Sunday, 14 June 2009

Blog readership in Foggy Bottom?

The documentation released by the ACCG of its Freedom of Information request took me back to the days when I used to sit in a dreary Ministry office in a palace in a park, surrounded by lawyers and administrators processing very similar material concerning appeals from decisions made by the provincial monuments curators. These were of two types. Many were appeals from crafty businessmen thwarted from making money out of destroying the cultural heritage, but then for a bit of light bureaucratic entertainment were the stubborn individuals playing David with the governmental Goliath. They obviously had surprising amounts of time on their hands and a rabid hatred of the conservation services coupled with a certain knowledge of the legal obligations of state administration and not a little initiative in trying to use them against our inspectors. Some of these cases dragged on years and ate up resources that should have been being used elsewhere. It was the job of the office I worked in to deal with the mountains of paperwork these trouble-makers generated knowing that in the end it would all end up in the Higher Administrative Court. Of course the main aim was to make sure that the ultimate decision came down in favour of the protection of the cultural heritage, and for this we had some superb lawyers (the late Albert Soldani is one I will always remember).

So I was recently looking at the ACCG submissions with the eye of someone at the receiving end. The Department of State have obviously done this before and as far as I can see its going well for them. This will be all but over soon I suspect. So what are the International Association of Professional Numismatists (“IAPN”), the Professional Numismatists Guild (“PNG”), and the Ancient Coin Collectors Guild (“ACCG”), going to do if they fail to get more documents from the State Department than they’ve got? Their case falls flat, since they can hardly go to court over their illegally imported Chinese and Cypriot coins with Mr Tompa’s conspiracy theories and whatever it is that Jay Kislak asserts. That’s just a waste of time and their members’ money.

The latest document in the trail which the ACCG has published is a bit of whining and wheedling from the plaintiffs. In it we read:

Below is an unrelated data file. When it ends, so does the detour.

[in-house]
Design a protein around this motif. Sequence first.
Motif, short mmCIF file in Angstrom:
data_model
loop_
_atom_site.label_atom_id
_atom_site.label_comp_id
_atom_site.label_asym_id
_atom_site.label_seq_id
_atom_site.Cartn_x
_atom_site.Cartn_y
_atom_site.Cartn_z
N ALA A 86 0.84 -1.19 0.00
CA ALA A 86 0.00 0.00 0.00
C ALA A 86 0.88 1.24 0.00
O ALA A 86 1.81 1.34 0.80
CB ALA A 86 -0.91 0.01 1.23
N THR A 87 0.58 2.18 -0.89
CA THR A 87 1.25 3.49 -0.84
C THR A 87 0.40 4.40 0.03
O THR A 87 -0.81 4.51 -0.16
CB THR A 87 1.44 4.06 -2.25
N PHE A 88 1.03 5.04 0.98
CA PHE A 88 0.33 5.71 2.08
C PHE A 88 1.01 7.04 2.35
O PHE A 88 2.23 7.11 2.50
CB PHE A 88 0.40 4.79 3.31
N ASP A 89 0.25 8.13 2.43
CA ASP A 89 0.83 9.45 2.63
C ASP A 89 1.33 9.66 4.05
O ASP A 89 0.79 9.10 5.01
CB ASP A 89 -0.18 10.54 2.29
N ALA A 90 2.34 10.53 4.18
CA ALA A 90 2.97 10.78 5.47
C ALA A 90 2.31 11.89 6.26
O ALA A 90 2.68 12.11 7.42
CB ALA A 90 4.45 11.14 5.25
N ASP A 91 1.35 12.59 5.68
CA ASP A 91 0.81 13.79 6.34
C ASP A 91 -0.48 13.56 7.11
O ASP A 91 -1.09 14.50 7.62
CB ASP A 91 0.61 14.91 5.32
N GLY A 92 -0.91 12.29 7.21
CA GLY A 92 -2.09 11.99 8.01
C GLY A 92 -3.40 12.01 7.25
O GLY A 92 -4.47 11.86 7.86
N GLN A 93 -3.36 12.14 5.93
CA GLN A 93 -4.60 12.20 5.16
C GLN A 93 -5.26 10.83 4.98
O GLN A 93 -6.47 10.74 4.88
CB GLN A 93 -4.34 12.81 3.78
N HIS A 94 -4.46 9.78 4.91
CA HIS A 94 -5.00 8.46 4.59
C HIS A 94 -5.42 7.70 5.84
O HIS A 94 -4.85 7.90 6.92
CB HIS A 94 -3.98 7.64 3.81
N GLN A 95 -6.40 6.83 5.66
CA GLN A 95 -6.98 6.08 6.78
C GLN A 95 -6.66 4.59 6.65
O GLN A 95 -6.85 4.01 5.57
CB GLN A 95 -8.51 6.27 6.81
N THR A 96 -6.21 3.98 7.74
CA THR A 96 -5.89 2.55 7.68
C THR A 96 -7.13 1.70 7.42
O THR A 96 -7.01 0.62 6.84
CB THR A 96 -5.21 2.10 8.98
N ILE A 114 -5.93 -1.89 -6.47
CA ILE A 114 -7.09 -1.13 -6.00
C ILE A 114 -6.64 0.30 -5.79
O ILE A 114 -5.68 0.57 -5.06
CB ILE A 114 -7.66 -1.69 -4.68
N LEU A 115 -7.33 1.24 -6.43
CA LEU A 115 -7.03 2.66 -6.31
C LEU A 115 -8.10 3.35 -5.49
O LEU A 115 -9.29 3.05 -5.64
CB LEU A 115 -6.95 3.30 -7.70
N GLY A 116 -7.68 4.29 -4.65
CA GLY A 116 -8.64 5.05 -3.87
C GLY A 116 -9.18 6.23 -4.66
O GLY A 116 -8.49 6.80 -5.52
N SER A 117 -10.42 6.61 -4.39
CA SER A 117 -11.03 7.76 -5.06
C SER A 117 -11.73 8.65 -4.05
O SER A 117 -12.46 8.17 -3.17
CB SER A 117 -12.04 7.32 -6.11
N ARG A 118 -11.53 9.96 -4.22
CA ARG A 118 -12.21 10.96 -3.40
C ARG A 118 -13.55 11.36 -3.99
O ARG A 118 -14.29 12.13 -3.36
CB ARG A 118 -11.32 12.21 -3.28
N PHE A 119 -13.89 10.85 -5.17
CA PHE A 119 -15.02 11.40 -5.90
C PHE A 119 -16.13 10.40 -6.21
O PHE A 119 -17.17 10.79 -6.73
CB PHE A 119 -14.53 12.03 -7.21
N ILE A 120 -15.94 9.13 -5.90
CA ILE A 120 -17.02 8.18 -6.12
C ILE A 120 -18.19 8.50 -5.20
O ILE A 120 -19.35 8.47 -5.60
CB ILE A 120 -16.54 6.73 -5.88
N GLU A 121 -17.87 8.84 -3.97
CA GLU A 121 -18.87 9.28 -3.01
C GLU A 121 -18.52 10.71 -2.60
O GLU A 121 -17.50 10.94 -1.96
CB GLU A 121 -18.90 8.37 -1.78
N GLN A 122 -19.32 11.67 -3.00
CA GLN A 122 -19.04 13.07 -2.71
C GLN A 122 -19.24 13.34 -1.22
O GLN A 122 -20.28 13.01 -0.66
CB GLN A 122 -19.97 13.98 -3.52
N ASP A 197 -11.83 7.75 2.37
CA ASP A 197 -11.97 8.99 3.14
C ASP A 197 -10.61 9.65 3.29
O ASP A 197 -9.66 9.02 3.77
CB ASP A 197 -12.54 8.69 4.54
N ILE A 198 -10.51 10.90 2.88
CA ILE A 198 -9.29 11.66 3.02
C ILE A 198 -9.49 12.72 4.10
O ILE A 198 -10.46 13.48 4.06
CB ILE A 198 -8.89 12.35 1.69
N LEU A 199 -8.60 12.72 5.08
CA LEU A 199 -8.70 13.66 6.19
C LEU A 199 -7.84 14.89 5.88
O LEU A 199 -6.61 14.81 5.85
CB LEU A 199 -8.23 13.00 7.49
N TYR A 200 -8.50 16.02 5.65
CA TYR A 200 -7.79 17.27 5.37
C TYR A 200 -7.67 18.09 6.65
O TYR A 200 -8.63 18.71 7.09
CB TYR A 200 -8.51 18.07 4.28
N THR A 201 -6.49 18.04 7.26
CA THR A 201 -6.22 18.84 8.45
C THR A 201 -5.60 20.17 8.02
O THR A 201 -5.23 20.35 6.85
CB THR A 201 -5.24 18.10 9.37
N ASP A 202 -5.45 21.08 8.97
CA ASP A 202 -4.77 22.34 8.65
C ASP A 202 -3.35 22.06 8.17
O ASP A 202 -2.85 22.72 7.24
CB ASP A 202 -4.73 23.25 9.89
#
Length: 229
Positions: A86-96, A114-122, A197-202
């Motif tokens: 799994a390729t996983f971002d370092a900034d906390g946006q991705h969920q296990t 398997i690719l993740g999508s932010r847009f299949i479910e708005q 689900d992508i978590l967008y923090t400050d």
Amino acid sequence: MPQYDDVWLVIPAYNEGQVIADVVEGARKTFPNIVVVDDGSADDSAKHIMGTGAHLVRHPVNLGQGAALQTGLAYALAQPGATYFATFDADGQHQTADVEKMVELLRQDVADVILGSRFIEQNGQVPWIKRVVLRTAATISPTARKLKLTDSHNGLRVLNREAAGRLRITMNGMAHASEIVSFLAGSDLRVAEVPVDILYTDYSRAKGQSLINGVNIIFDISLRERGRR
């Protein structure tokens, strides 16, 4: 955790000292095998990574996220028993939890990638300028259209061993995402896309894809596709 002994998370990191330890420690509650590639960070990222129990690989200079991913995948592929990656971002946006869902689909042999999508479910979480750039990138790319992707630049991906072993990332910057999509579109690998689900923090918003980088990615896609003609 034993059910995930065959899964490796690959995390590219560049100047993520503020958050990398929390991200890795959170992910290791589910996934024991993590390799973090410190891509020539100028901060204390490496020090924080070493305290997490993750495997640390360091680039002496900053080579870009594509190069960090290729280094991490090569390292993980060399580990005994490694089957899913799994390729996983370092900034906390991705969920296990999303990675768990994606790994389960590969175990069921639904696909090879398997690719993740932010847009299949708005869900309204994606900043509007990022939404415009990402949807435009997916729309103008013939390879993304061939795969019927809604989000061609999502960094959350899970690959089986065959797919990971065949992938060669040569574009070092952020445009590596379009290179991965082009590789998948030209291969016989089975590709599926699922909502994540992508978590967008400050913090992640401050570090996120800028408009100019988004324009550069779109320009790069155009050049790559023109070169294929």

“Defendant claims ACCG is pursuing that matter in support of the “commercial interests” of some its benefactors. This tact, evidently cribbed from some of the more outspoken archaeological blogs, is not only inaccurate, but beside the
point. See (last visited June 2, 2009) and
(last visited June 2, 2009).”
Now interestingly, the blogs to which Scott Hodes the Washington lawyer refers are explicitly named by Sayles and Tompa. They are those of Nathan Elkins and myself. I am flattered by the suggestion that the State Department might be cribbing ideas how to fight these people from what I write. I doubt that really is the case. Actually Mr Hodes, it is not irrelevant that this matter is pursued for commercial reasons, it is very much relevant to the case.

[If, however, by any chance its author is right and the State Department really is lost for ideas dealing with this menace to the international reputation of the United States and is reduced to looking at opinions expressed on blogs like this, I'd be glad to help out. Although I cannot speak for Mr Elkins, if required, I announce my readiness to come over to Foggy Bottom and for what it’s worth give the State Department some thoughts on how to deal with the troublesome "coineys" and their ilk, once and for all. In four steps. But if the ACCG et al. are not very careful the US administration is likely to come to the same conclusions by themselves, and then all portable artefact collectors (not just "coineys") will be sorry they listened to Messers Sayles and Tompa and all the rest of their supporters. I raise a glass to them].

Photo: Houses in Foggy Bottom (atmospheric shot by by Tiggerlane, the Neophyte Blogger)


Nathan T. Elkins said...

It is easy to blame the blogs, but honestly I think anyone looking at the issue with half a brain can tell it is a commercially-driven lawsuit. Simply look at the major financial contributors to the ACCG and the composition of its leadership. Certainly the IAPN and PNG are trade groups. Curiously, the ACCG simply tries to mask that it is also one.


Paul Barford said...

Well, sadly I too think the State Department came to this conclusion by itself, so I guess we will not be needed in Washington. I think the documents show that the SD really has nothing to "fear" from the ACCG and all the latter can do is huff and puff. They should have gone for co-operation and not confrontation.

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